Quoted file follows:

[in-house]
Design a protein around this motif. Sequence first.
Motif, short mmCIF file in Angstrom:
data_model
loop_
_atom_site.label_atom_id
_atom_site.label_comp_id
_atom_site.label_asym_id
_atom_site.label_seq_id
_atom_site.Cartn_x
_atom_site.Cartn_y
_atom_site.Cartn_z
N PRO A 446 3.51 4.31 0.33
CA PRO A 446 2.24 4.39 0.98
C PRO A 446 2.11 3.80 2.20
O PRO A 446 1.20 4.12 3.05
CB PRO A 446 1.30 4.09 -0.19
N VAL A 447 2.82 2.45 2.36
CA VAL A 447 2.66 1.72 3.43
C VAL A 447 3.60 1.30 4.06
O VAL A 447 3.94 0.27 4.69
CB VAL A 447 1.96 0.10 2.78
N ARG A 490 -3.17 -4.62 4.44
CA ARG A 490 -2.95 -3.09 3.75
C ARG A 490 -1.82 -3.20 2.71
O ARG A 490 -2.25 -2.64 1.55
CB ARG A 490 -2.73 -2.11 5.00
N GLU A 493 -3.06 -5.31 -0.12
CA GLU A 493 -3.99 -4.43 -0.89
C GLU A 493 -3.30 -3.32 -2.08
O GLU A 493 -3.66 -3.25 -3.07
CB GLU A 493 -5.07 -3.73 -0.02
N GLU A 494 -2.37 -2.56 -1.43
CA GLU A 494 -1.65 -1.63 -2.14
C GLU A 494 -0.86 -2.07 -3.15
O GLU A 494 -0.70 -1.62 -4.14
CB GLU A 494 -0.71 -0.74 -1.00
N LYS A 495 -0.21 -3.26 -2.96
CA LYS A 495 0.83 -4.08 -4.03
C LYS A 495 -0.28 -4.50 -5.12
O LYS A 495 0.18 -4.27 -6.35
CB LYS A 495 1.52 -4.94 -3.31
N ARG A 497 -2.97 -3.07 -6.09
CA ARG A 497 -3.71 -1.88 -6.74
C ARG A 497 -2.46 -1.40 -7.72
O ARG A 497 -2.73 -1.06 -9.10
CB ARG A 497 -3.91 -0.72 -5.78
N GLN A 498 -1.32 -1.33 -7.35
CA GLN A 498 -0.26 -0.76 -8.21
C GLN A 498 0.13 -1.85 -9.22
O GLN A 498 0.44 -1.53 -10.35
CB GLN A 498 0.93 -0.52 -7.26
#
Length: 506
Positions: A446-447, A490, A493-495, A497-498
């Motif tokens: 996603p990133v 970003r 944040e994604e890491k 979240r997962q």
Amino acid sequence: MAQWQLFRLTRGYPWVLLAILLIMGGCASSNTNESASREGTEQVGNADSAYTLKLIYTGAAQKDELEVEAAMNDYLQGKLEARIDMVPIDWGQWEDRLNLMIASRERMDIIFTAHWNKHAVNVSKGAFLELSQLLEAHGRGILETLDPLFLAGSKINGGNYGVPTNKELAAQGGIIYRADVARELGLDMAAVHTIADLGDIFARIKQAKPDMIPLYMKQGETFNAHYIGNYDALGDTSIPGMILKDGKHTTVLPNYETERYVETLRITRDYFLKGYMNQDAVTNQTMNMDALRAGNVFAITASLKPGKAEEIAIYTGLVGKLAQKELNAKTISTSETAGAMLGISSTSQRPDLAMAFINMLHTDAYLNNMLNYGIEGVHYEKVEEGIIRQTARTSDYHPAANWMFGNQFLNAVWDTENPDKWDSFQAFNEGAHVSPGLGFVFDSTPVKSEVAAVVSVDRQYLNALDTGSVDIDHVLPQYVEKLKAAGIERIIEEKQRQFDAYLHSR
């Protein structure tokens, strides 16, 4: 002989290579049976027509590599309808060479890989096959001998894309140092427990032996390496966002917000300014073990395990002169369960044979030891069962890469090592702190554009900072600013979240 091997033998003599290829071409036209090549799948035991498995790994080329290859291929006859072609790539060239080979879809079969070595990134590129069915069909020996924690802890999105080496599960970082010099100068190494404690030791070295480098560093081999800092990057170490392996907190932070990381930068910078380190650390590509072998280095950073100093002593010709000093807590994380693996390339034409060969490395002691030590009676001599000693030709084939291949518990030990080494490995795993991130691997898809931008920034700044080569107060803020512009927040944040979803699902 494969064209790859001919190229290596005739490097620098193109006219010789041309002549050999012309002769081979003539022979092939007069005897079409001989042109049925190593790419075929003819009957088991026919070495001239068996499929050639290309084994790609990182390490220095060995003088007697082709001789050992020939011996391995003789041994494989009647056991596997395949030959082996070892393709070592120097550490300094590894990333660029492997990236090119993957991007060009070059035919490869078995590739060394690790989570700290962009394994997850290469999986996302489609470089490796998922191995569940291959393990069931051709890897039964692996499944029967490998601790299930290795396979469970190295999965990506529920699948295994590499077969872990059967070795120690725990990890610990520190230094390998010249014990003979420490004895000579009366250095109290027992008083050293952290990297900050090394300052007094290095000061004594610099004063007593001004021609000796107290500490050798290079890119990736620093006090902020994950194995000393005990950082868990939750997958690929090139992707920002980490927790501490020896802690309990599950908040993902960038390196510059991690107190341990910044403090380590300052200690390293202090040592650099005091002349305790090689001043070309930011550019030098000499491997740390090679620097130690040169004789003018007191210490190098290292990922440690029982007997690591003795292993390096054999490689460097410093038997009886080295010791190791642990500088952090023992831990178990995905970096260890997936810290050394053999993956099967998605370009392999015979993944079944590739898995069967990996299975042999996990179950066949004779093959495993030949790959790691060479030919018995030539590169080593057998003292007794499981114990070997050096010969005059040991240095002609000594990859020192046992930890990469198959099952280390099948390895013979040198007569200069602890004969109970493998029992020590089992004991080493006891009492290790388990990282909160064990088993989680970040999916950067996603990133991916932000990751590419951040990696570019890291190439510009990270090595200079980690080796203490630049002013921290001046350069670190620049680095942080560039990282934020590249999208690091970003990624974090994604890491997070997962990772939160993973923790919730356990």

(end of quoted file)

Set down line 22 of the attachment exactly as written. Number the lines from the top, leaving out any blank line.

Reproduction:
CB VAL A 447 1.96 0.10 2.78